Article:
I recently replaced my laptop with a Zenbook (great laptop/ultrabook that I’ll talk about another time). As is so typical in the PC industry it had a bunch of crap on it I didn’t want and 20% of the hard drive was wasted on hidden partitions for recovery and diagnostic utilities. On large disks that’s not a issue but I only have a 128 GB SSD so those bytes are valuable real estate to me. After wiping the disk (and peeling off those stupid “Intel Inside” stickers) I was faced with a decision, Windows 7 which I know and love, or Windows 8. For the impatient, I went with Windows 8 and the bottom line is I’m glad I did.
Installing from a USB stick was very straightforward and works much like in the past. The only “new” thing I encountered was the installer wanting to me to create an account for synchronizing settings and buying stuff from the Microsoft App Store. I opted not to register figuring I can do it later. That’s what I would recommend doing. No sense in committing to something until you need it.
Awesome. I’ve never put a stop watch on it but from power on to login screen is under 15 seconds. That’s a huge and welcomed improvement. The login screen is a bit different and my cause some confusion. I’ve seen others blog that you have to swipe up/down before you can type your password in. They’re wrong. You can simply hit any key (you do know where the any key is, right?) or move the mouse. The login prompt comes up and you can start typing.
I’m like most laptop users in that I never turn it off. I just close the lid and let the laptop go into sleep mode. Waking up is very quick. Open the lid and in about a second it’s awake and ready for a password. Another welcomed improvement.
One of the biggest and jarring changes in Windows 8 is the replacement of the desktop start menu with a full screen, tiled application. I have to admit, this was the thing I was dreading the most. Turns out it’s not that big of a deal. Am I in love with it? No. But it doesn’t suck either.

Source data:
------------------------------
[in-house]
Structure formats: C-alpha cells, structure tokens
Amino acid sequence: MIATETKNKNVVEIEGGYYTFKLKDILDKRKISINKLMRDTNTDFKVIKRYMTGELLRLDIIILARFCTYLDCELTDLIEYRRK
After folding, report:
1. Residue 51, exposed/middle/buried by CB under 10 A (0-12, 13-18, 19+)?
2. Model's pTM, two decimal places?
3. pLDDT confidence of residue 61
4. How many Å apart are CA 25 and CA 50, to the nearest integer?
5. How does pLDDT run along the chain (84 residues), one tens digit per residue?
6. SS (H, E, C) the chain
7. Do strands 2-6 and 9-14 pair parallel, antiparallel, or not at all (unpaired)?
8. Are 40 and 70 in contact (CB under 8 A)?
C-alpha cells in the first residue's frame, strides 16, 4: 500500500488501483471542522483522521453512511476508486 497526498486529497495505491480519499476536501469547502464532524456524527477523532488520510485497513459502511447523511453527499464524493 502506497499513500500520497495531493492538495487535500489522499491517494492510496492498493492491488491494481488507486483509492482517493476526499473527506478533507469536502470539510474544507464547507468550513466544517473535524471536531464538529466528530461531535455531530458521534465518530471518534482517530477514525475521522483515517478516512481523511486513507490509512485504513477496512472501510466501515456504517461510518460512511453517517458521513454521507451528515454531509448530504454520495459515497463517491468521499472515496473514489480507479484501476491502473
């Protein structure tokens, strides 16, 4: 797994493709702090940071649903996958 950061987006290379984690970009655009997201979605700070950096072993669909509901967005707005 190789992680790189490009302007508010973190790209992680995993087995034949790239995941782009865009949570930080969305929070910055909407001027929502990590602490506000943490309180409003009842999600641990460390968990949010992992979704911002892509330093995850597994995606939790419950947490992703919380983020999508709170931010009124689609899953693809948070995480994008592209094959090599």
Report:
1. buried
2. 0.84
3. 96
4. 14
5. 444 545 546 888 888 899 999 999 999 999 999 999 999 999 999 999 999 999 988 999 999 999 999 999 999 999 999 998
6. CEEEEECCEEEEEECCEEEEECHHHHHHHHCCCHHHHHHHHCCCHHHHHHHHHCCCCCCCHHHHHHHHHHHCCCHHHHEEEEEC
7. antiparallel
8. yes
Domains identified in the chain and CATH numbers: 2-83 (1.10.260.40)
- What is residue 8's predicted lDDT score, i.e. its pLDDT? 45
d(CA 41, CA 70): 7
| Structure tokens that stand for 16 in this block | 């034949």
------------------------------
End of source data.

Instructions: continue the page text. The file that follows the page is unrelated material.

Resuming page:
If you’re a power user you likely launch your programs by pressing the Windows Key and typing the first few letters of the command or program and pressing enter. It works exactly the same in Windows 8 except you transition to new full screen, tiled start menu. The transitions are “Fast and fluid” and don’t feel the least bit “bumpy”. That actually helps a lot in keeping the experience pleasant and not cognitively disruptive. My advice, try it for a while. For me, after an hour I stopped caring about the differences.
Yeah, it’s faster. I don’t have benchmarks or other measurements. Windows 8 just responds faster than Windows 7 in most situations. The transitions are fast and never feel “tired”. I’ve been using Windows 8 for about a month now running all my usual stuff and it doesn’t feel like it’s bogging down in the least. Does it help that I have an SSD? You bet it does. But even accounting for the SSD, there’s something just “more right” about Windows 8.
Look and Feel
Aero is dead. May it rest in peace, The flat look of Windows 8 is oddly welcoming and unexpected. The one thing I don’t care for is the huge borders on the windows. They look cartoonish to me. Even in Windows 7 they looked silly. Fortunately, there’s a fix. Unfortunately, it’s a registry hack. The other annoyance is that the toolbar is transparent and can not be made otherwise. Sorry Jenson, but I simply don’t agree.
I have yet to find one App that I like and use. I just can’t get my head around why I need a full screen application to listen to music. Maybe I’ll change my mind but for now I’m simply not interested in Apps. On portable, touch based devices they make more sense but not here on my laptop. I prefer desktop gadgets.
The new task manager is much better. I use Sysinternals Process Explorer in Windows 7 but the Windows 8 task manager meets 95% of my needs. Process Explorer only comes out when I need something special.
The progress dialogs for file copying and transferring are vastly improved. Click the “More details” link on a file copy or other system progress dialog and you’ll get a neat little real-time graph which (gasp!) has actual useful information. Seriously, it’s almost worth upgrading for this feature alone.
The built-in virus protection is quiet and unobtrusive.
Internet Explorer 10 works nicely. I still use Chrome but when I have to use Internet Explorer, I no longer cringe.
Windows Key + X brings up a menu with most of the useful administration stuff I use to get from the start menu.
I’m pleasantly surprised at how nice Windows 8 is. There are a few areas that still confuse or annoy me at times but overall I like it better than Windows 7. This is something of a surprise because I went in fully prepared to hate Windows 8. There are differences for sure, but improvements in performance and function outweigh those differences.
For a more detailed Windows 8 user experience, Scott Hanselman’s “Who Moved my Cheese” is a good read.